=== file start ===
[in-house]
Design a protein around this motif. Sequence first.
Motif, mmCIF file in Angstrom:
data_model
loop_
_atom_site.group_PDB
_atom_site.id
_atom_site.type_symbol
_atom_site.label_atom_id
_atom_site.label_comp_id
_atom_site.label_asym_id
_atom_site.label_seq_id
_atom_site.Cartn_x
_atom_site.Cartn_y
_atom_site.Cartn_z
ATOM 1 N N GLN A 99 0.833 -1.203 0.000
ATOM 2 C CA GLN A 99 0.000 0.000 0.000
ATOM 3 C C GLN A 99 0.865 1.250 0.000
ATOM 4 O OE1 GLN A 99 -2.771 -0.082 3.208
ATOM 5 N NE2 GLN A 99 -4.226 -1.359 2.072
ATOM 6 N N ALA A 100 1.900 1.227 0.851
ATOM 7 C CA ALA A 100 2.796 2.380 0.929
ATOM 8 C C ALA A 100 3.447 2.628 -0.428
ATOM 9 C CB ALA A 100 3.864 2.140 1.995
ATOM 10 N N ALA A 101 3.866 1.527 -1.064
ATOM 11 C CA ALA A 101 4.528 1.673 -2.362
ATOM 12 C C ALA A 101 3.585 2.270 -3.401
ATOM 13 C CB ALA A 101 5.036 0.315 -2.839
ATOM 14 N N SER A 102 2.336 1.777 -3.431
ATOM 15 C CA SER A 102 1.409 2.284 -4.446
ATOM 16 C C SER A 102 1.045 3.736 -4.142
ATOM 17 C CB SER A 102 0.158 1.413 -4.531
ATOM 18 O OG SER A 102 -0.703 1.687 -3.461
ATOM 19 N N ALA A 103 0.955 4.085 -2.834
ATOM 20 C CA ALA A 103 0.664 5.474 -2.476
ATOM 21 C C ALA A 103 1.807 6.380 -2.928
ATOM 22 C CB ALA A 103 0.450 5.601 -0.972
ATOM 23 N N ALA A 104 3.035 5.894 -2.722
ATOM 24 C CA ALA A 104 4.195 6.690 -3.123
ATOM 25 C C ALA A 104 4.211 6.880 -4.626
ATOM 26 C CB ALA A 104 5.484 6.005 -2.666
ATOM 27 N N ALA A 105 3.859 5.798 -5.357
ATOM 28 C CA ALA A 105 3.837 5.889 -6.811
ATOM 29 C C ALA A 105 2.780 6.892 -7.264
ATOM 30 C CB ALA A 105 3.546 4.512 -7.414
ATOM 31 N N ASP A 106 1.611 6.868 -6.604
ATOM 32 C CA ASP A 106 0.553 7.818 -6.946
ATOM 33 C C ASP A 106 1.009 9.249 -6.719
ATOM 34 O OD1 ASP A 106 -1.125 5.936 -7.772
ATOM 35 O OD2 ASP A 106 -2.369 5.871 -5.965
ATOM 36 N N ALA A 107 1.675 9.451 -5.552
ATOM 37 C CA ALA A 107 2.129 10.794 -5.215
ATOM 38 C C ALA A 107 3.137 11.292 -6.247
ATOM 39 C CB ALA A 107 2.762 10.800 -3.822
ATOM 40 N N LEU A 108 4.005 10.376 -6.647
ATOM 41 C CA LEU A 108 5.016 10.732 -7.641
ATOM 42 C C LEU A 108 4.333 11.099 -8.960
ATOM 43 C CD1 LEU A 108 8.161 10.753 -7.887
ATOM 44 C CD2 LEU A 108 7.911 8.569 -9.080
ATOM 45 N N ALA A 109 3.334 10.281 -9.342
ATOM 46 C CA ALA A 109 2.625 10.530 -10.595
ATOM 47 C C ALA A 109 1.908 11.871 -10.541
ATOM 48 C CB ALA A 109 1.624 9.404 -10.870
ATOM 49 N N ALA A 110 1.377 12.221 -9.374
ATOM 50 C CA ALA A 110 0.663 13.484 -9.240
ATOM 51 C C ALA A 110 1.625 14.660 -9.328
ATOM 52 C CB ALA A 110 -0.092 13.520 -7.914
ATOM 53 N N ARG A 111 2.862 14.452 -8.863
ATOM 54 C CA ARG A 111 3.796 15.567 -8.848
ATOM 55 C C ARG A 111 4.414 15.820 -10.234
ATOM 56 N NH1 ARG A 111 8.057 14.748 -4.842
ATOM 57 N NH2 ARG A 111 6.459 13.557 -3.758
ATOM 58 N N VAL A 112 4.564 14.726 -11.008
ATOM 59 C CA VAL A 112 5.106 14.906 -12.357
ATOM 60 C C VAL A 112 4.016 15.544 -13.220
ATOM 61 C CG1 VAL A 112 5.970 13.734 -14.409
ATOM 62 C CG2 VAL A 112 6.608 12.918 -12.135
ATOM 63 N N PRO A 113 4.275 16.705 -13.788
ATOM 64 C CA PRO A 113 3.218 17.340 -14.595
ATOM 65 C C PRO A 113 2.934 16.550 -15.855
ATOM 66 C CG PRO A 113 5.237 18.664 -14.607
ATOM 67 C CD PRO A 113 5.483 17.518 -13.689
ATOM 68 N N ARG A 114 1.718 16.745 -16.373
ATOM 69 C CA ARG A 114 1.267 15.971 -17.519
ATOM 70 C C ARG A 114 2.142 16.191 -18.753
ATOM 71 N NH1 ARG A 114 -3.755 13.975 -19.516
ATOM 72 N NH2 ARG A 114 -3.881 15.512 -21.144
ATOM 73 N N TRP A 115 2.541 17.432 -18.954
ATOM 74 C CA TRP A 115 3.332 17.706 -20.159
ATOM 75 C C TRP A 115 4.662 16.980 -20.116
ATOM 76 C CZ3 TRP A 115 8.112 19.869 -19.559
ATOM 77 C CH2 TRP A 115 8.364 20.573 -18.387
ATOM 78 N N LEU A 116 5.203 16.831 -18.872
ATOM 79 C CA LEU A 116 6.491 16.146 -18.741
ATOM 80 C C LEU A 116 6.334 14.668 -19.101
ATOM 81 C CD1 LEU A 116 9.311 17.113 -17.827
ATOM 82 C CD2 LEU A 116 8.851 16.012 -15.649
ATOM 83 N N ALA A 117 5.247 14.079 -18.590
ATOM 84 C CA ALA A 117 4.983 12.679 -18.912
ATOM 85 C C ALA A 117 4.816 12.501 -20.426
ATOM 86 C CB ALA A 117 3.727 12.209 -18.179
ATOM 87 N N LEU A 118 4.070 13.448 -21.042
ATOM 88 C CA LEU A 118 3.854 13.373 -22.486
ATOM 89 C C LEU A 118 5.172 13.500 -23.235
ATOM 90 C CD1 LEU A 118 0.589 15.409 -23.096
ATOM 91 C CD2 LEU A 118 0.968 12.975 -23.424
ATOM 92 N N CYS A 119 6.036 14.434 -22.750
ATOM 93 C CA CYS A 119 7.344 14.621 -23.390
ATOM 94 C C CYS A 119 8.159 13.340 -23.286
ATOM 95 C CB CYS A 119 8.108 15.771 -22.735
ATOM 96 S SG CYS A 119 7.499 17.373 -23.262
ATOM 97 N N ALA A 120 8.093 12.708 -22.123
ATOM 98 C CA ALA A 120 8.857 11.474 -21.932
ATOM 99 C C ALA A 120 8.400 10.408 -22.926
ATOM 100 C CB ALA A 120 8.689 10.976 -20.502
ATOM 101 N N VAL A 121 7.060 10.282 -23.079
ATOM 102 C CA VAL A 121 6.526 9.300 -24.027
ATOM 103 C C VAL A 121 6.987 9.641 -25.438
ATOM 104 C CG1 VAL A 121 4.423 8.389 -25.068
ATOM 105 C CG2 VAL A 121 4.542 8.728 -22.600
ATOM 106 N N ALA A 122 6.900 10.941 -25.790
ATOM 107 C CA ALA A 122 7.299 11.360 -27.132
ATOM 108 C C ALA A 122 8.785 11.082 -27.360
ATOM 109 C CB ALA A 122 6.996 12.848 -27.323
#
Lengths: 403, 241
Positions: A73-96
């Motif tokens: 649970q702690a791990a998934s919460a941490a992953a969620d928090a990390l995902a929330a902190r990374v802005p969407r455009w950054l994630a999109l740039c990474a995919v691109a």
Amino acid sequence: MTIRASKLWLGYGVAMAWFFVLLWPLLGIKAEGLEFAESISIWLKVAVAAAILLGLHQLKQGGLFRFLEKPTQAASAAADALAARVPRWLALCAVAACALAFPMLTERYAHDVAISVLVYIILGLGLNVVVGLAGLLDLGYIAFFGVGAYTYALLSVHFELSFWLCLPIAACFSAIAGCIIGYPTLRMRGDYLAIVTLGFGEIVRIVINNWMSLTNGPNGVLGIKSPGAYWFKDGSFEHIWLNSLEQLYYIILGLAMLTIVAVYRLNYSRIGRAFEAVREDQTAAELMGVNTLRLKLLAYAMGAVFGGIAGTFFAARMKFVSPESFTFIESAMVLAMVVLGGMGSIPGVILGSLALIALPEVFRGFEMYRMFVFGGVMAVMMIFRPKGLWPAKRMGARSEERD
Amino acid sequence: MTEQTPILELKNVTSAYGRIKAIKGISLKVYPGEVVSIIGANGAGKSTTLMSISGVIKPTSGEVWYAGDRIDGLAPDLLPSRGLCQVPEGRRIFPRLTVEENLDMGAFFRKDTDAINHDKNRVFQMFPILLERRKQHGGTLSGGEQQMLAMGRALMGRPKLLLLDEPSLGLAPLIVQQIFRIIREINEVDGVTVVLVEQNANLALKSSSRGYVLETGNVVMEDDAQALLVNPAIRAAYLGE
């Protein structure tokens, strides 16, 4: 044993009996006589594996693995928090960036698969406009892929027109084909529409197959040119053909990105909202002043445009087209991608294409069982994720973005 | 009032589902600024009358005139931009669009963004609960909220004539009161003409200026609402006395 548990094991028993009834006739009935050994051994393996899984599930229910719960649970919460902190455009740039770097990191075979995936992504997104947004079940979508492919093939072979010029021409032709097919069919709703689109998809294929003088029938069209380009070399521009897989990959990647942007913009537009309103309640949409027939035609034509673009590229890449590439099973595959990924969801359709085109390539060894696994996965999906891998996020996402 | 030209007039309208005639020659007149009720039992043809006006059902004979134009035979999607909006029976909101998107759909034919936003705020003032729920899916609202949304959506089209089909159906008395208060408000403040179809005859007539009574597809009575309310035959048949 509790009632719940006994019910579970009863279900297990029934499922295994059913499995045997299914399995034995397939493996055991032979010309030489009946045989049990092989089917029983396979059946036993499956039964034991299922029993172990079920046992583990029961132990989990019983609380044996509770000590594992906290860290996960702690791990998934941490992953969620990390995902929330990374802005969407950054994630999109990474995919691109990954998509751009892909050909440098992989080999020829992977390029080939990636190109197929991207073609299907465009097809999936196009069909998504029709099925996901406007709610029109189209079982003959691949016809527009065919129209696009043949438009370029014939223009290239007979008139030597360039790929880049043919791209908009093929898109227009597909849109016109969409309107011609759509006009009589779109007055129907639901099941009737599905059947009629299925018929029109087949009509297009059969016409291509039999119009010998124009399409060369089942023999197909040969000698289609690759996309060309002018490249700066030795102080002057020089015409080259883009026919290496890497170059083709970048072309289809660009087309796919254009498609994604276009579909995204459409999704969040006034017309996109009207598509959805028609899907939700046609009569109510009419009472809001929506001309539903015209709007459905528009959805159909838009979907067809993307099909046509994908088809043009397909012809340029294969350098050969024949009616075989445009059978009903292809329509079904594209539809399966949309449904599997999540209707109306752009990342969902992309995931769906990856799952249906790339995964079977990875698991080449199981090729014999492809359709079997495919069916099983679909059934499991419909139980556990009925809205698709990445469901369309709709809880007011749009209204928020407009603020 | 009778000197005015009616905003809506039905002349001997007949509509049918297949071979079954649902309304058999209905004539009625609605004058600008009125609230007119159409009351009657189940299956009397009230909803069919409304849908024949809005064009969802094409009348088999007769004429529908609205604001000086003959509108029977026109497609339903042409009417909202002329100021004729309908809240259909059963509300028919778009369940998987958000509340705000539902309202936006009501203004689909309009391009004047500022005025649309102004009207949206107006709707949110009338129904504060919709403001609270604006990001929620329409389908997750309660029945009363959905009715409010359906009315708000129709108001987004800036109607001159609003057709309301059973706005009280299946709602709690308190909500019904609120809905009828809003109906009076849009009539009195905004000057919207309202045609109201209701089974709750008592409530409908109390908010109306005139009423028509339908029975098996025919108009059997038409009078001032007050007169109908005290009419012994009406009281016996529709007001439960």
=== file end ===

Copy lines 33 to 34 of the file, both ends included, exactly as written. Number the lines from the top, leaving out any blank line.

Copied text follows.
ATOM 18 O OG SER A 102 -0.703 1.687 -3.461
ATOM 19 N N ALA A 103 0.955 4.085 -2.834